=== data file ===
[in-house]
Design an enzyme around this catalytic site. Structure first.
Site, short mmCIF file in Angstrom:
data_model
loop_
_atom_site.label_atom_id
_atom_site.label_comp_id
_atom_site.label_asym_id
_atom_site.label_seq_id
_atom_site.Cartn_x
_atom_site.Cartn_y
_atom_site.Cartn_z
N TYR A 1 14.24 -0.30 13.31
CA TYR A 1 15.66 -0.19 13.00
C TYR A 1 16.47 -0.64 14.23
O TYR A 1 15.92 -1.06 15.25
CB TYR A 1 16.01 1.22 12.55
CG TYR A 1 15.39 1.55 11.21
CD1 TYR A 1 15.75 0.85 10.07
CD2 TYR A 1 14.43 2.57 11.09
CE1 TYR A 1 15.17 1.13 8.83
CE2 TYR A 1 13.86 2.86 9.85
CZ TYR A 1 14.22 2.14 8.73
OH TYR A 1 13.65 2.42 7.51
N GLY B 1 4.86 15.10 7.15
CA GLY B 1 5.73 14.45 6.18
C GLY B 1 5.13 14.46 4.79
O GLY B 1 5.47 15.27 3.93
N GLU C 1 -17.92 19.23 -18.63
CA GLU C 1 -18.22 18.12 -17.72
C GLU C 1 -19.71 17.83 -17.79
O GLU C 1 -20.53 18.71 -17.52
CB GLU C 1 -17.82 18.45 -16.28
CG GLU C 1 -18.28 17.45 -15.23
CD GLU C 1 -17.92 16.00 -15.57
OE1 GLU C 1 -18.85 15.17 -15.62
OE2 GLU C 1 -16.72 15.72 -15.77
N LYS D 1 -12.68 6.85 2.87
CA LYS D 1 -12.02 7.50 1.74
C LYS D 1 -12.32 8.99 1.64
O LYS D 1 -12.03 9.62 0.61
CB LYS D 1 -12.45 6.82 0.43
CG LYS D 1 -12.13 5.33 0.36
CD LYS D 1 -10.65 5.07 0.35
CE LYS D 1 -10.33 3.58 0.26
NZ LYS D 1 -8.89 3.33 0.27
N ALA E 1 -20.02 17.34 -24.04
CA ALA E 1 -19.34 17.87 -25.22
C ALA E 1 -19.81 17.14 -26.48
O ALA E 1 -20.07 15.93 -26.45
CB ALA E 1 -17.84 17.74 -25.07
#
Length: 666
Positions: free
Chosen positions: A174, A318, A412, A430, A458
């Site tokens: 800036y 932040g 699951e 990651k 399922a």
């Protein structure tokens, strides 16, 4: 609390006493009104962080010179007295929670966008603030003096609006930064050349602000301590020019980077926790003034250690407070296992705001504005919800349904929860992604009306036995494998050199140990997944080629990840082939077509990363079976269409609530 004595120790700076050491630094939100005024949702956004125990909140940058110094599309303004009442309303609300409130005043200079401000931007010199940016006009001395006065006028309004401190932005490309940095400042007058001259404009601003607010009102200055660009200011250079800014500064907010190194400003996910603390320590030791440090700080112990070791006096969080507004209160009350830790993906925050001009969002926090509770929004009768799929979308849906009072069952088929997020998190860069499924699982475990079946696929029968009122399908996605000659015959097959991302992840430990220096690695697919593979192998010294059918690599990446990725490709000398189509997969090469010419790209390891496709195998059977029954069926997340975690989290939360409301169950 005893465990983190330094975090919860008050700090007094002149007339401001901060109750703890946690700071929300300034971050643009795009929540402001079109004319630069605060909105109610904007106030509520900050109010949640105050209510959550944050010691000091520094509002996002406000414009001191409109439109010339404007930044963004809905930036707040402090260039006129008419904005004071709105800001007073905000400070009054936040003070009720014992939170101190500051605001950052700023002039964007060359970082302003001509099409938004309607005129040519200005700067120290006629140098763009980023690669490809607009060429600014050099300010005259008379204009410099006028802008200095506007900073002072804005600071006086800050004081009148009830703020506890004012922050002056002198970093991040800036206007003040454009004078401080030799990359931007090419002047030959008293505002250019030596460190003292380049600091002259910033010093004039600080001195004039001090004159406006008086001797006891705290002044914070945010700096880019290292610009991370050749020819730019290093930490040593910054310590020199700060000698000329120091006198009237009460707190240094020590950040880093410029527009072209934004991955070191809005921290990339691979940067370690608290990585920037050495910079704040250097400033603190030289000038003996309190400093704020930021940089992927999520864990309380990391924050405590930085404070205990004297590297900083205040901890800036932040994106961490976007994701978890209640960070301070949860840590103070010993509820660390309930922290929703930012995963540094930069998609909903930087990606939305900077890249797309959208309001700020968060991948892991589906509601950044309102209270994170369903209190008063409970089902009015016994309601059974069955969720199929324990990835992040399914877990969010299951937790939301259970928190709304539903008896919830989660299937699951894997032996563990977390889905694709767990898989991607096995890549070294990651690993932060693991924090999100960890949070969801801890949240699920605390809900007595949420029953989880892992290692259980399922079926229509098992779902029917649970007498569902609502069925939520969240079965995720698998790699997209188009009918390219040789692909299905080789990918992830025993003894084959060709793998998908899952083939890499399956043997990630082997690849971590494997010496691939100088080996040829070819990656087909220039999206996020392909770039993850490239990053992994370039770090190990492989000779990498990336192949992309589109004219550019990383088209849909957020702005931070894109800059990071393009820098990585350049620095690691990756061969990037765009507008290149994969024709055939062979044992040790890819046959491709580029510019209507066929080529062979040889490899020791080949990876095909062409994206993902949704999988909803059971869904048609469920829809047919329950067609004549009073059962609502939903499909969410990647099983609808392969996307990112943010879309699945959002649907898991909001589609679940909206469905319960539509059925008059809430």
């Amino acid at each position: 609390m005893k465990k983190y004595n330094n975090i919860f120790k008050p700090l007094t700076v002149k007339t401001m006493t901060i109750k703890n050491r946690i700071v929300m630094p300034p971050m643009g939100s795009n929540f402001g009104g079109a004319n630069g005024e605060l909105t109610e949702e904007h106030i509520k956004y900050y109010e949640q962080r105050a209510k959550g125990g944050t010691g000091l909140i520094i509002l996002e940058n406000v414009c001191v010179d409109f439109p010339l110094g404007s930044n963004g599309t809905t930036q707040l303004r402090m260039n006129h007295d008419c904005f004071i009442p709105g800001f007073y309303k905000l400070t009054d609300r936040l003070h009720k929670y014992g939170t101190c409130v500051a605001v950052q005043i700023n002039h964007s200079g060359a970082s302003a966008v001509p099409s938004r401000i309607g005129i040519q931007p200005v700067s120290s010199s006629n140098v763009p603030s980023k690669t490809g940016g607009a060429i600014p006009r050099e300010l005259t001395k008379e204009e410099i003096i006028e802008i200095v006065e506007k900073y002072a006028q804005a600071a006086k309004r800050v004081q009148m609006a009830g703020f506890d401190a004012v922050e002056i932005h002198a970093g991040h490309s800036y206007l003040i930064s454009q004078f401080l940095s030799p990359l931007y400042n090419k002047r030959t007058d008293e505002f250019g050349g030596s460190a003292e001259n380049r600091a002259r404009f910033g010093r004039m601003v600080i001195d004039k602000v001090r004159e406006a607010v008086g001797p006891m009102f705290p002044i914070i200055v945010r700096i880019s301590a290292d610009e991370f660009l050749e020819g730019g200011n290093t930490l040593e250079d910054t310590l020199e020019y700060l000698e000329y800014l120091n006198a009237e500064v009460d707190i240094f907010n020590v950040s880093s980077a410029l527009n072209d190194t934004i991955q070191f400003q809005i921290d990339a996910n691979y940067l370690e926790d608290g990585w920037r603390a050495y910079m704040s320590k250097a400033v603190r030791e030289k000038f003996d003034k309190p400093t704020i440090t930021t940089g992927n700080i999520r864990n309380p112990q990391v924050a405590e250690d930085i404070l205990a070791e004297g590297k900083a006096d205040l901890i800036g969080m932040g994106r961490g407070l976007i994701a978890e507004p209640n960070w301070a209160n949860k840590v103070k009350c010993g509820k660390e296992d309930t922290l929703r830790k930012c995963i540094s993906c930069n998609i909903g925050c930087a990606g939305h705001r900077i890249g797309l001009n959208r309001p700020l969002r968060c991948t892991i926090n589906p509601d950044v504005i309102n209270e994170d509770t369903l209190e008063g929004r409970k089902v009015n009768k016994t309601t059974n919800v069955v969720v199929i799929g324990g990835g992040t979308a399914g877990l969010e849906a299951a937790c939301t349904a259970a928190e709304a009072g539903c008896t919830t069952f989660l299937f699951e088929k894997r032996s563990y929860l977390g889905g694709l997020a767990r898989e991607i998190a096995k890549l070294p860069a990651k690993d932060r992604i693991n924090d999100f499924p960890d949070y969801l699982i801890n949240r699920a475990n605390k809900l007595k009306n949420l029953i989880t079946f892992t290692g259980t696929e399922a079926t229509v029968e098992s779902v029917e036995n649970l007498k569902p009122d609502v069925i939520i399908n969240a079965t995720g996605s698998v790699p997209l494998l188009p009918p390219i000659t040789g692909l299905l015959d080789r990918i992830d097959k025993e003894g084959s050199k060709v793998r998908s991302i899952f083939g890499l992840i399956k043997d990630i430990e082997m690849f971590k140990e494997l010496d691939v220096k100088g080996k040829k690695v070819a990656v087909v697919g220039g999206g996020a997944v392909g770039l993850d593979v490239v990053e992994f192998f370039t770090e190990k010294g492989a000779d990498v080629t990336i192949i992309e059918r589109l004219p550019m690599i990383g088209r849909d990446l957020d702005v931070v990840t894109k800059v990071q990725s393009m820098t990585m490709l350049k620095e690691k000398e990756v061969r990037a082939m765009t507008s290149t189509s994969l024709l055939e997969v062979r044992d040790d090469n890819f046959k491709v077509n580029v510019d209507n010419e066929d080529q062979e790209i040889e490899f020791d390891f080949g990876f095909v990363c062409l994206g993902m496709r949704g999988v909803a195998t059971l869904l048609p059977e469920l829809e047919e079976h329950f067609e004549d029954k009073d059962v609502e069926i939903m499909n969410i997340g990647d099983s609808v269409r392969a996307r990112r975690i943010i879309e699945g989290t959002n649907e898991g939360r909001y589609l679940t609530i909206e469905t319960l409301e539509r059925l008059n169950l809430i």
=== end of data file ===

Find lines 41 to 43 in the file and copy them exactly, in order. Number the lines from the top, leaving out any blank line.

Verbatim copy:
O LYS D 1 -12.03 9.62 0.61
CB LYS D 1 -12.45 6.82 0.43
CG LYS D 1 -12.13 5.33 0.36